👋 Oi, mga repapips, Brian Dys here! I love music, photography, and creative stuff like UX design and art. This is a place where I collect my thoughts and works. Apart all these, I’m Jaycelle’s better half and Bryce’s dad. 🥰
Organizations need guideposts. They need an outline; employees need to know each day when they wake up why they’re going to work. This outline should be short and sweet, and all encompassing: Why do you exist? What motivates you? I call this a mantra — a three or four-word description of why you exist.Guy Kawasaki
Do you consider a “cancel” button secondary or tertiary in UX? Can you think of reasons not to use it in a form? What are the best use cases for/against it?
One thing’s for sure about the Cancel action in a form: it is a negative within the context of Proceed as the positive.
Then again, in the context of what the user’s goal is, the positive and negative may be one or the other.
For example, in a 5-step interaction to fully complete the user’s profile, of course, as the designer, the positive action for you is the Proceed until the 5 steps are completed.
However, this depends on the user. Say user reached step 5 and a personal information is being asked and it’s not agreeable, then what could be a positive interaction for him/her?
A Cancel or a Skip & Save?
To keep it simple, design with the user’s best interest in mind.
My grandfather, Adriano Ricasata, an electronics and communications engineer, an inventor, a pioneer of radio installations in public utility vehicles in Cavite City, a father, a kind soul, has returned to our maker on the 29th of January 2016.
His wake is at St. Peter Chapel, Kawit, Cavite (near LTO going to Centennial Road).
Piso o bente
I have rich memories of Daddy since childhood. In grade school, my cousins and I would take turns with him swinging us into the air. In his electronics classes we would barge in to ask for recess money right in front of his whole class; he would reach into his pocket to give us coins of up to ten pesos. In his electronics shop, we would find him amidst appliances under repair. Jars of nuts and bolts lined the shelves. Only him on a high chair was lit by a bright lamp soldering and rewinding stuff we didn’t mind because we’d just ask for recess money. We’d demand twenty pesos if a cousin who went in first would brag about the orange bill upon coming out.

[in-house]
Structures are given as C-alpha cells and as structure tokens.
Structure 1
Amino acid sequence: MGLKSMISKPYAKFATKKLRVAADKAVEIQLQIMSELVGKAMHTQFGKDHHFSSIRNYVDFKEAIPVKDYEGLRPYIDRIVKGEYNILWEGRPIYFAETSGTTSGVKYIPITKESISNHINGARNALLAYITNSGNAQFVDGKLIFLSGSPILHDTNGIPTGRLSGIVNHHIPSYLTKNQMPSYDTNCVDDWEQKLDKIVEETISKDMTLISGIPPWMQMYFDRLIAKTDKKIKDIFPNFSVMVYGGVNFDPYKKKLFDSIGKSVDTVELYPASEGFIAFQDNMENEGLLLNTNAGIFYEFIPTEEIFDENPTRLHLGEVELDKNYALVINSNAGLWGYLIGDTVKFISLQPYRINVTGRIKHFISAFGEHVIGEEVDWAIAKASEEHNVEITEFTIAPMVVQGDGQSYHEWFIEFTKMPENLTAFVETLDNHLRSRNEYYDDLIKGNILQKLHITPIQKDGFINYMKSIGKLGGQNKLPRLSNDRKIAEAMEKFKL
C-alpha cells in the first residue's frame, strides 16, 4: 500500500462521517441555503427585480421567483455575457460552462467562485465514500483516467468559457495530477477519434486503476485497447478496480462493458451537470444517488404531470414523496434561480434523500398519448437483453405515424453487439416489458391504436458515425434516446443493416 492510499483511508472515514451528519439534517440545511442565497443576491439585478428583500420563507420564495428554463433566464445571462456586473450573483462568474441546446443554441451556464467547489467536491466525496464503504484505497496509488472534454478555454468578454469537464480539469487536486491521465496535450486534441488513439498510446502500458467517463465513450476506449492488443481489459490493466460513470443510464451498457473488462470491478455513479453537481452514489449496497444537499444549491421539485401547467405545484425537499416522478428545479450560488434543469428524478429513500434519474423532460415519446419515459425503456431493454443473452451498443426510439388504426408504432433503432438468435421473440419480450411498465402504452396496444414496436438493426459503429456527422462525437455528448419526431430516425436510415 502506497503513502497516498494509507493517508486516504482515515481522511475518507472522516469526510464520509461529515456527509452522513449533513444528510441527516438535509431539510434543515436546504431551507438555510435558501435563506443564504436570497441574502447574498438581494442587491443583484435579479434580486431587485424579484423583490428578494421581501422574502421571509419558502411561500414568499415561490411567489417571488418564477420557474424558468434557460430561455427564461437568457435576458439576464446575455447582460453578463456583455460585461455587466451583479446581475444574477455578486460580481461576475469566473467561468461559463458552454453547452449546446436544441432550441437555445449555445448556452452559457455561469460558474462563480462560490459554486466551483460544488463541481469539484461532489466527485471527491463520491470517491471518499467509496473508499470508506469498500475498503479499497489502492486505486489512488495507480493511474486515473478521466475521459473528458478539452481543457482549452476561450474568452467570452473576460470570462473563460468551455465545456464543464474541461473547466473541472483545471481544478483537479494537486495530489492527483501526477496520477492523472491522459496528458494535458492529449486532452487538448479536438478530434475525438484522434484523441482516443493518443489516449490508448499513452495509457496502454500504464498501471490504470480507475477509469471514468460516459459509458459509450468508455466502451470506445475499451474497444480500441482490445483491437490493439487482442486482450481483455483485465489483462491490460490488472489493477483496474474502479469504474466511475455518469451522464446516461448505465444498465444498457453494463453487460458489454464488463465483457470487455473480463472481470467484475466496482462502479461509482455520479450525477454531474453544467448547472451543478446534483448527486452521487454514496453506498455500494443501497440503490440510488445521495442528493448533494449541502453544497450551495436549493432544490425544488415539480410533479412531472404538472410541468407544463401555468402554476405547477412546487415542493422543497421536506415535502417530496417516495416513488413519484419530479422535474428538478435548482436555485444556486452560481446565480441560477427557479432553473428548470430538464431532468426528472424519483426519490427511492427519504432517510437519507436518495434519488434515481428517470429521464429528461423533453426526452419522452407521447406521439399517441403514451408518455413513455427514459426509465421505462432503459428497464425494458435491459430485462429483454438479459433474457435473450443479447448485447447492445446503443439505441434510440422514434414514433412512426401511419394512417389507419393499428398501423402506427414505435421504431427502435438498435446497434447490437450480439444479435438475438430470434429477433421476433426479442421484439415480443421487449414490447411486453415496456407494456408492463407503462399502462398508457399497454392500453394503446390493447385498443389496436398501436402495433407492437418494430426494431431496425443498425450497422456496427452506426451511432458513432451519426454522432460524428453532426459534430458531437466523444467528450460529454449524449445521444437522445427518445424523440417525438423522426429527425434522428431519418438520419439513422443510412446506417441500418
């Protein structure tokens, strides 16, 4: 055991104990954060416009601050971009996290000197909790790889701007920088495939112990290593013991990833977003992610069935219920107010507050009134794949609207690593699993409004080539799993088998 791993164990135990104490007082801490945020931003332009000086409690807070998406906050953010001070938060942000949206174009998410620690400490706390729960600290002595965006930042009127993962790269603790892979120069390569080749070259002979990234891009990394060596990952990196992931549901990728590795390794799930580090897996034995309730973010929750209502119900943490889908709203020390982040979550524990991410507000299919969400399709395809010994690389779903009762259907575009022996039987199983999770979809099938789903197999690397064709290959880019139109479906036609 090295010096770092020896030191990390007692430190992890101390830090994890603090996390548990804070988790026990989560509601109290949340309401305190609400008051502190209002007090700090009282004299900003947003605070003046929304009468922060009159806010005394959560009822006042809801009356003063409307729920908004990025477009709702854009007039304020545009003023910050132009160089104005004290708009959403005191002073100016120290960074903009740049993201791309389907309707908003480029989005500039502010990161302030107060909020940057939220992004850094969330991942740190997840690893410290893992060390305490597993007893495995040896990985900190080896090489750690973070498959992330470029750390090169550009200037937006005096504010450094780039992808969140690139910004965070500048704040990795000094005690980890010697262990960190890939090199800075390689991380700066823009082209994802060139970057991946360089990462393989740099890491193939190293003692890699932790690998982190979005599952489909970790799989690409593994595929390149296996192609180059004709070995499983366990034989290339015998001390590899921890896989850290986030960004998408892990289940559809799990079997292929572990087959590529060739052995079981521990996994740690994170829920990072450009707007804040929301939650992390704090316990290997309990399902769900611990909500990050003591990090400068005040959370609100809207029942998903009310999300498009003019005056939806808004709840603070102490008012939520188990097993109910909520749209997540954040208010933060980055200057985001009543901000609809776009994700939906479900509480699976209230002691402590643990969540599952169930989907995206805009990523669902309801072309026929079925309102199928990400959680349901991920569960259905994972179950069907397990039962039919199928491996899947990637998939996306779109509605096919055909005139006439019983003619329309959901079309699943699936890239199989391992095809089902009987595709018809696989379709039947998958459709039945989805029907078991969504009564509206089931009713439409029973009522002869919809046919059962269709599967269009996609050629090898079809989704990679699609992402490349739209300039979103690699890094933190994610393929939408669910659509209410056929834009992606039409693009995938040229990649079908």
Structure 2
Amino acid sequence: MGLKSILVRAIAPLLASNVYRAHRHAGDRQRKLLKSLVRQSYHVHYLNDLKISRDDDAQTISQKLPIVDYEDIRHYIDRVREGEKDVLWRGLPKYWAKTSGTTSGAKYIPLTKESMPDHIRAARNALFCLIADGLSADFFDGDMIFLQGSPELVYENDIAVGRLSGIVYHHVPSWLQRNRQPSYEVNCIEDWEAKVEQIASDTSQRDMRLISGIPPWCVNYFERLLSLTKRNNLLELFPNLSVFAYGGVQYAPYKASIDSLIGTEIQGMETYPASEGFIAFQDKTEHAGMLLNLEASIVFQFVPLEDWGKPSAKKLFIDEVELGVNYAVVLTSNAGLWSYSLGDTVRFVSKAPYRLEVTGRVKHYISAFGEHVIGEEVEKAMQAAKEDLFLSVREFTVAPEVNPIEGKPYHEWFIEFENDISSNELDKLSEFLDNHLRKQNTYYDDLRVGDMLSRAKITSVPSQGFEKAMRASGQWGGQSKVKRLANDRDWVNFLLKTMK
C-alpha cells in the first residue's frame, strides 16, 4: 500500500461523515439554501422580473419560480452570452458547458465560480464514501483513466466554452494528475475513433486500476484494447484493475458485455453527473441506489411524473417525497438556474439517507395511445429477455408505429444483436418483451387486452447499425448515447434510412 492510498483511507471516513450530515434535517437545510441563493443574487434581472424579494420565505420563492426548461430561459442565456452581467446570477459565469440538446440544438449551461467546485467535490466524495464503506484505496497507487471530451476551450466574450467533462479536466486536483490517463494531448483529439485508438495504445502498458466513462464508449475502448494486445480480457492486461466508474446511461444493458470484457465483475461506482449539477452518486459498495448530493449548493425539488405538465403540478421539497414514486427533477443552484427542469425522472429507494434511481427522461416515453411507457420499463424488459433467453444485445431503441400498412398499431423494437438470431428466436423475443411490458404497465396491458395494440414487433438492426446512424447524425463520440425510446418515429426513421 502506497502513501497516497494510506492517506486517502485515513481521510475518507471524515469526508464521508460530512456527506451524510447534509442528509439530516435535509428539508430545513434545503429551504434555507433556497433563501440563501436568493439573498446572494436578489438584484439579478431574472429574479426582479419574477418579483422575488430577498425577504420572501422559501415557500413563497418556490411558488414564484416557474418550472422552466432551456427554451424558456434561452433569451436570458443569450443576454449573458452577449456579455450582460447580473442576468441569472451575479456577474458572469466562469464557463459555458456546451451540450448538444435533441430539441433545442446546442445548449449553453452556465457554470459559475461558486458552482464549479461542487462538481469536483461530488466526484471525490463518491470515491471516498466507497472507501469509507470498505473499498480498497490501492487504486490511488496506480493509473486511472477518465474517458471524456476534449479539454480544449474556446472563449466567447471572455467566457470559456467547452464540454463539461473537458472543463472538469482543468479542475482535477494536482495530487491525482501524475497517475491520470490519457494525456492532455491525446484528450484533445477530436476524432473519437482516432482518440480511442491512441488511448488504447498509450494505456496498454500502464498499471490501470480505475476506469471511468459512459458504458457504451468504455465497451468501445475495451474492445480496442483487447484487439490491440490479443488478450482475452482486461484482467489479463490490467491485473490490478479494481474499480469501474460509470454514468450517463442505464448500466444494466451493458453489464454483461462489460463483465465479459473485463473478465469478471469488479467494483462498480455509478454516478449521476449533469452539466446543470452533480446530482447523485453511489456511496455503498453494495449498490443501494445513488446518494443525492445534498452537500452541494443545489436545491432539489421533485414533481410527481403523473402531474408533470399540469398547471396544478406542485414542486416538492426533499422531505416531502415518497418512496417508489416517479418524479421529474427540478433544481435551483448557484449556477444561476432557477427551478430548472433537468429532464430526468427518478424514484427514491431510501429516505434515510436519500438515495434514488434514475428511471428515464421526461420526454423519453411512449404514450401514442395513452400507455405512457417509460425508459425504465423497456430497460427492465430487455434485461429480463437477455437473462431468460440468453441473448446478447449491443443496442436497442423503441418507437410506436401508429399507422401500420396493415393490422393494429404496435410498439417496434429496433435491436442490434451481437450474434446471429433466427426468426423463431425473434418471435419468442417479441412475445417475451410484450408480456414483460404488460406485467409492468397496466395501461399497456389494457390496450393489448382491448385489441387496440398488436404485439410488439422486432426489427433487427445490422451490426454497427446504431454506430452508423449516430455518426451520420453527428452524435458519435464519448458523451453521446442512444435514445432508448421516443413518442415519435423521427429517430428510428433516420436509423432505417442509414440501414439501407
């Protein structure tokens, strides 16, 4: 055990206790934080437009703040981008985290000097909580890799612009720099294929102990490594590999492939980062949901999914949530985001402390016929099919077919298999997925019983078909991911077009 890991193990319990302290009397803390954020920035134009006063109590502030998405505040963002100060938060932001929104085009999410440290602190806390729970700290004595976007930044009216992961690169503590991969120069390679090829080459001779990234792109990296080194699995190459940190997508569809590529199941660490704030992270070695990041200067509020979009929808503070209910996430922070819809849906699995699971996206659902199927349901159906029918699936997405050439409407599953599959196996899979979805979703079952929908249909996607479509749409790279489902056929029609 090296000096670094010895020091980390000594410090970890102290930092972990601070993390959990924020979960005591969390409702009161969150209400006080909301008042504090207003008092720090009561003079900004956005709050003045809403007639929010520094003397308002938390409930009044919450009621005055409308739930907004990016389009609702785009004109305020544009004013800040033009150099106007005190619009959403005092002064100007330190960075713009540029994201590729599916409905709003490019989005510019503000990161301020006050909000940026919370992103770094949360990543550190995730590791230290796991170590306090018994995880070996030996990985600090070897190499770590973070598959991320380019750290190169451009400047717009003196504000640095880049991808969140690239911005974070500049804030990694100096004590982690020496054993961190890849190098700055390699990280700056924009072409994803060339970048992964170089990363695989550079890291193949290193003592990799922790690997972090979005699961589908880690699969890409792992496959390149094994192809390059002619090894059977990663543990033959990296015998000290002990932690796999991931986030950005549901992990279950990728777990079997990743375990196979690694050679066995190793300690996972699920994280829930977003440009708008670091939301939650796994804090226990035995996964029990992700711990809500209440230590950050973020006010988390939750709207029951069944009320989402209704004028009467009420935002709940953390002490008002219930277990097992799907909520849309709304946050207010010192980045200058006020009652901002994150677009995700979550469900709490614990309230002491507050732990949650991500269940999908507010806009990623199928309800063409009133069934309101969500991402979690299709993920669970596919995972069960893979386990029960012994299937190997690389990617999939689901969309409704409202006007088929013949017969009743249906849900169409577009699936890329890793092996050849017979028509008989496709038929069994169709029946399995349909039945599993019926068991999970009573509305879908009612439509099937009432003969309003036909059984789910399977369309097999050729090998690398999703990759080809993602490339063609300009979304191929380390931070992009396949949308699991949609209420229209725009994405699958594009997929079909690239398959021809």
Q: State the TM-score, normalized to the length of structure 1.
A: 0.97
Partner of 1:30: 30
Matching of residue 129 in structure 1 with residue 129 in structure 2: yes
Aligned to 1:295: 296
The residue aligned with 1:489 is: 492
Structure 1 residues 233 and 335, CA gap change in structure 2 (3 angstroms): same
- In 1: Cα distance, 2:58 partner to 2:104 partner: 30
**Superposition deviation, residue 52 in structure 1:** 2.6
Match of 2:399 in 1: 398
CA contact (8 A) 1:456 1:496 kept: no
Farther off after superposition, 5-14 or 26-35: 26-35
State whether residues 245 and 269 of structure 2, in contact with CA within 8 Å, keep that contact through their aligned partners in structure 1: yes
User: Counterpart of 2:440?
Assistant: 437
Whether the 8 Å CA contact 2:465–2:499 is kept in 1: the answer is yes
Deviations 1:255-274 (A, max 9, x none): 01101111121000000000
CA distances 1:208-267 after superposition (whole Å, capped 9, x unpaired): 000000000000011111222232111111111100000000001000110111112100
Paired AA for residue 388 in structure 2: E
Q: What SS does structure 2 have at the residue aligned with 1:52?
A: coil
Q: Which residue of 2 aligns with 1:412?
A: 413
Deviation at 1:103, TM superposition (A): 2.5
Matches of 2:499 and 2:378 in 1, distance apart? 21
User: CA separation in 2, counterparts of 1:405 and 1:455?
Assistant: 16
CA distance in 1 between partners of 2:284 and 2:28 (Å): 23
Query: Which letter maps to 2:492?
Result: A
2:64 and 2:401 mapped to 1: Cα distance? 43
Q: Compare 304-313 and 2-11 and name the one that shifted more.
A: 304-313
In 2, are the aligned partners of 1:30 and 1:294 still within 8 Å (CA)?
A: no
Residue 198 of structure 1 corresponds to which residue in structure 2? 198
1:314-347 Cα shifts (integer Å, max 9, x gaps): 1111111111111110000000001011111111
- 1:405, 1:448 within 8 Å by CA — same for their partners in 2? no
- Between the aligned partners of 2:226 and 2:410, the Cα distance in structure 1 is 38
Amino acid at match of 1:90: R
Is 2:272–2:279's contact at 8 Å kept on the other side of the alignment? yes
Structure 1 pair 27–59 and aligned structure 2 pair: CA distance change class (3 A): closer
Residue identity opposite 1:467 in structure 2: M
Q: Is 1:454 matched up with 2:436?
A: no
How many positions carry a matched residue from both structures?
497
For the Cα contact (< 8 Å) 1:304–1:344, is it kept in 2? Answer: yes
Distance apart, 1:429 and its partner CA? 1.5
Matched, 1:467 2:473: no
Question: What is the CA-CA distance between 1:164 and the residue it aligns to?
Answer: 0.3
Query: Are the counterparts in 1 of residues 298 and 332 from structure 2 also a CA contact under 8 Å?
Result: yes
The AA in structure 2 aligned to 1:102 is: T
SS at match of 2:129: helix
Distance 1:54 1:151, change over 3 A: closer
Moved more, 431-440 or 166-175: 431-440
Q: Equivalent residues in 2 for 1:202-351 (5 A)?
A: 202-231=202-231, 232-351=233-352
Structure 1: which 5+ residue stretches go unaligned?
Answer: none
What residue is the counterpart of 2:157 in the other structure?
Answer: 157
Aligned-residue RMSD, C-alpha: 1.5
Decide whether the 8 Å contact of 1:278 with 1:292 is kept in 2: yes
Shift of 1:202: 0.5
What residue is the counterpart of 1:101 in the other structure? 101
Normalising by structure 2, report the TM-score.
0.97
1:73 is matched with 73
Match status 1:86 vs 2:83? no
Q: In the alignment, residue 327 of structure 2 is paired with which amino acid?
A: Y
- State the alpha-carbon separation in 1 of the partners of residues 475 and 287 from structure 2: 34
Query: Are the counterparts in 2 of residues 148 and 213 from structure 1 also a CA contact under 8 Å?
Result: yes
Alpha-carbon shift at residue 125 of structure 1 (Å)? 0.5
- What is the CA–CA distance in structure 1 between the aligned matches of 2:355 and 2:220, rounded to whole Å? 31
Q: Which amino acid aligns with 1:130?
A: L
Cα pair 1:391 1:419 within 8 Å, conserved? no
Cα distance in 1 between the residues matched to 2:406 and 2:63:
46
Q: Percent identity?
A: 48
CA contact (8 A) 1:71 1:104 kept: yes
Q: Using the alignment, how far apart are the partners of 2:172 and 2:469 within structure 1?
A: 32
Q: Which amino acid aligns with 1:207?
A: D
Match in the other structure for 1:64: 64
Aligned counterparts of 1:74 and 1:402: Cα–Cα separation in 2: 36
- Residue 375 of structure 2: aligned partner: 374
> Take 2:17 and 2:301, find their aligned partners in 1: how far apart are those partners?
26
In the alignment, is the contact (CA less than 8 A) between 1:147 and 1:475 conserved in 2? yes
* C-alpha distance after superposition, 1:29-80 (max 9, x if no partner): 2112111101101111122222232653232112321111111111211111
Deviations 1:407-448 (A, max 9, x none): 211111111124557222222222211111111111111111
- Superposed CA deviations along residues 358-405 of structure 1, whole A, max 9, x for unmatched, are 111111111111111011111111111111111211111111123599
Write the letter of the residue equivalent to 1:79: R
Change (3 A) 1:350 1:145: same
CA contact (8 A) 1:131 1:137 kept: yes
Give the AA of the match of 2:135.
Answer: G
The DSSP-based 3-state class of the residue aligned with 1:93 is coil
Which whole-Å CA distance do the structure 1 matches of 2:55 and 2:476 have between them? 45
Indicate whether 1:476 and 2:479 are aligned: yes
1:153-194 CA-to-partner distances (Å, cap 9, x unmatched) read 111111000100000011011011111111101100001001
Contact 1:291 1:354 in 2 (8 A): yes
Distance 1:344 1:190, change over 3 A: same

Countless of childhood Christmases we spent at A.R. (the school he and grandmother established, also named after him). His old white Mercedes-Benz would be packed with almost 15 kids going to Ligtong (the town where he grew up) to continue the celebration.
The stories of his childhood days, he would retell us tirelessly — his adventures in the rice fields with his carabao; his sacrifices in going to school; his encounter with a ghostly Uncle Sam in stilts by the curve of the road near Lido Beach.
He always had this happy disposition in him. His modest living, despite being in a big property, always intrigued me yet I never questioned why he lived in a small room while my grandmother lived in a room big enough to be a small house.
In 2006, I had the opportunity to live in one of the apartment units they invested in back in the 60s. I remember asking him for a discount on the rent during Christmas of the same year. In turn, I somehow looked after their rental business. We’ve had our disagreement when I refused to pay part of my rent due to a change in management. That’s the first time I heard him curse out of frustration. There at dining table in his unit he poured bits and pieces of his misgivings and shortcomings with his family. A moment which I just had to fill in the blanks to understand deeper the melodrama that constantly ran in our family. He apologized for his outburst — he always did whenever he thought he’s making someone feel uncomfortable.
About 3 years ago, the opportunity to manage the apartment fell into my lap. My main motivation in accepting it was to strengthen his source of income as he was already getting older and weaker. He had retired from being Mr. Fix it all, at last.
To be continued…
Upon reaching the vicinity of The Medical City, I found out that the small zippered compartment of my backpack was open. Probably because I walked and crossed Ortigas Ave. using the footbridge.
The footbridge is notorious for pickpockets—hooligans who would position themselves behind unknowing pedestrians wearing backpacks. In a flick of a finger with the featherlike touch, they could unzip bags and take wallets or mobile phones. Or your lunch if it looks very scrumptious.
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A target area in a website or app is an area that enables a user to interact with the interface through touch or a pointing device such as a mouse.
Examples are links, buttons, form elements, etc.
According to Fitts’s law, “the time required to rapidly move to a target area is a function of the ratio between the distance to the target and the width of the target”.
For a target area to be easily tapped or clicked by the user, its area must be adequate enough to be interacted upon.
Visually, it may appear small (such as an icon), however, it could still have an adequate target area.
See the Pen The Design of Target Areas by Brian Dys (@briandys) on CodePen.